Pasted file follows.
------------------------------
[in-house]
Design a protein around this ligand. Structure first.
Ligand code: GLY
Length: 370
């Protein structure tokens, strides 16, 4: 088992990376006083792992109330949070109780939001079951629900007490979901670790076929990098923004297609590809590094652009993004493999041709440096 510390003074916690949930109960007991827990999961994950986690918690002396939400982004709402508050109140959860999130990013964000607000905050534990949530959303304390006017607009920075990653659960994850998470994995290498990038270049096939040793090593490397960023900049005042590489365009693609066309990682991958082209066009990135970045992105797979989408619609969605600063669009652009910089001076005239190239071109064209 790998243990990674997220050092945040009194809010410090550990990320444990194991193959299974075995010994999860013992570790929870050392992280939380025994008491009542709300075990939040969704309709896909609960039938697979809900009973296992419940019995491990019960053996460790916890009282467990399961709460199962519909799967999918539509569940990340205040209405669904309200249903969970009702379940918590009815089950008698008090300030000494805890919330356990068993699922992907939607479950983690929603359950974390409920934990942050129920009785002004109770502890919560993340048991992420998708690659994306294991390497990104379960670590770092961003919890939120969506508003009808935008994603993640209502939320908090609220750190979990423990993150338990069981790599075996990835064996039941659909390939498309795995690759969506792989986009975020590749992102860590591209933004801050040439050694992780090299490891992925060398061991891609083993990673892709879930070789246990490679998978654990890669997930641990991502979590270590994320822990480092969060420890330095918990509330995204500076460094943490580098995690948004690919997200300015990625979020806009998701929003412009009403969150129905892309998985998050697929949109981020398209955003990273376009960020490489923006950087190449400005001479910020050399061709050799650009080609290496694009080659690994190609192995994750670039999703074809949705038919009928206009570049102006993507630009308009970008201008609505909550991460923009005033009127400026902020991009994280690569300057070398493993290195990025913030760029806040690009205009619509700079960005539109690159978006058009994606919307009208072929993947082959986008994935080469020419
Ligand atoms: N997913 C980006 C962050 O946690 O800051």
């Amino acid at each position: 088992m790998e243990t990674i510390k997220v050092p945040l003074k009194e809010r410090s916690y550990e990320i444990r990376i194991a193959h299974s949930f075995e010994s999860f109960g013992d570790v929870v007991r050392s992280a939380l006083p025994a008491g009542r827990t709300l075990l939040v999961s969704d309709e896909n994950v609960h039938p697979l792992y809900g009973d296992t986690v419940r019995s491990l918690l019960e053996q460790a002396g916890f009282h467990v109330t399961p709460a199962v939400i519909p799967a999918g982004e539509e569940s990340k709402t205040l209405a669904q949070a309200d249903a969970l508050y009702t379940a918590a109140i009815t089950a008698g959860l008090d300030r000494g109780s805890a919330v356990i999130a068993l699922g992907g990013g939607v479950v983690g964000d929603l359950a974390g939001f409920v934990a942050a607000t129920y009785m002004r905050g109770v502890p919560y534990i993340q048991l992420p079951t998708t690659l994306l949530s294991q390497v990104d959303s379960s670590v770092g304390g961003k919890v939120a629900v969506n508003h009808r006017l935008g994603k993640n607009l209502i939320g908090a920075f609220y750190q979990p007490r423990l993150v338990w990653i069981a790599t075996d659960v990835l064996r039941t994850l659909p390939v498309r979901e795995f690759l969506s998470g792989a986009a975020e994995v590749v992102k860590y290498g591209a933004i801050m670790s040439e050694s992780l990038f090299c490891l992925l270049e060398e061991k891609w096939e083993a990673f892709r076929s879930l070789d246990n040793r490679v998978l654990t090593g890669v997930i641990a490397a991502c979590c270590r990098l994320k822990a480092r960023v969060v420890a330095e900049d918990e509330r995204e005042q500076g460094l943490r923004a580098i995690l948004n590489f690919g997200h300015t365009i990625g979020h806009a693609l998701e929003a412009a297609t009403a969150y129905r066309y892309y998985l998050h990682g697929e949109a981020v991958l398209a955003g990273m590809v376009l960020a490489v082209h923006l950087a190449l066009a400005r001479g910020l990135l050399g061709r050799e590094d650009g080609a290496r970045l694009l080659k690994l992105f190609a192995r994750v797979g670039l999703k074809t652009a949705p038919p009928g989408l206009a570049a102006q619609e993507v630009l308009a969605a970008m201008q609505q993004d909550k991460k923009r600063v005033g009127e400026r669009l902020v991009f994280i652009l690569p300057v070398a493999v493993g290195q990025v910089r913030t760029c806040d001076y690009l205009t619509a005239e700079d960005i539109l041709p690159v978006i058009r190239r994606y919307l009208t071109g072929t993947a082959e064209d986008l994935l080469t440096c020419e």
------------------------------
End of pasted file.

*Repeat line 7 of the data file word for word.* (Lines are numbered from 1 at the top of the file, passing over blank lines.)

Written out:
């Amino acid at each position: 088992m790998e243990t990674i510390k997220v050092p945040l003074k009194e809010r410090s916690y550990e990320i444990r990376i194991a193959h299974s949930f075995e010994s999860f109960g013992d570790v929870v007991r050392s992280a939380l006083p025994a008491g009542r827990t709300l075990l939040v999961s969704d309709e896909n994950v609960h039938p697979l792992y809900g009973d296992t986690v419940r019995s491990l918690l019960e053996q460790a002396g916890f009282h467990v109330t399961p709460a199962v939400i519909p799967a999918g982004e539509e569940s990340k709402t205040l209405a669904q949070a309200d249903a969970l508050y009702t379940a918590a109140i009815t089950a008698g959860l008090d300030r000494g109780s805890a919330v356990i999130a068993l699922g992907g990013g939607v479950v983690g964000d929603l359950a974390g939001f409920v934990a942050a607000t129920y009785m002004r905050g109770v502890p919560y534990i993340q048991l992420p079951t998708t690659l994306l949530s294991q390497v990104d959303s379960s670590v770092g304390g961003k919890v939120a629900v969506n508003h009808r006017l935008g994603k993640n607009l209502i939320g908090a920075f609220y750190q979990p007490r423990l993150v338990w990653i069981a790599t075996d659960v990835l064996r039941t994850l659909p390939v498309r979901e795995f690759l969506s998470g792989a986009a975020e994995v590749v992102k860590y290498g591209a933004i801050m670790s040439e050694s992780l990038f090299c490891l992925l270049e060398e061991k891609w096939e083993a990673f892709r076929s879930l070789d246990n040793r490679v998978l654990t090593g890669v997930i641990a490397a991502c979590c270590r990098l994320k822990a480092r960023v969060v420890a330095e900049d918990e509330r995204e005042q500076g460094l943490r923004a580098i995690l948004n590489f690919g997200h300015t365009i990625g979020h806009a693609l998701e929003a412009a297609t009403a969150y129905r066309y892309y998985l998050h990682g697929e949109a981020v991958l398209a955003g990273m590809v376009l960020a490489v082209h923006l950087a190449l066009a400005r001479g910020l990135l050399g061709r050799e590094d650009g080609a290496r970045l694009l080659k690994l992105f190609a192995r994750v797979g670039l999703k074809t652009a949705p038919p009928g989408l206009a570049a102006q619609e993507v630009l308009a969605a970008m201008q609505q993004d909550k991460k923009r600063v005033g009127e400026r669009l902020v991009f994280i652009l690569p300057v070398a493999v493993g290195q990025v910089r913030t760029c806040d001076y690009l205009t619509a005239e700079d960005i539109l041709p690159v978006i058009r190239r994606y919307l009208t071109g072929t993947a082959e064209d986008l994935l080469t440096c020419e």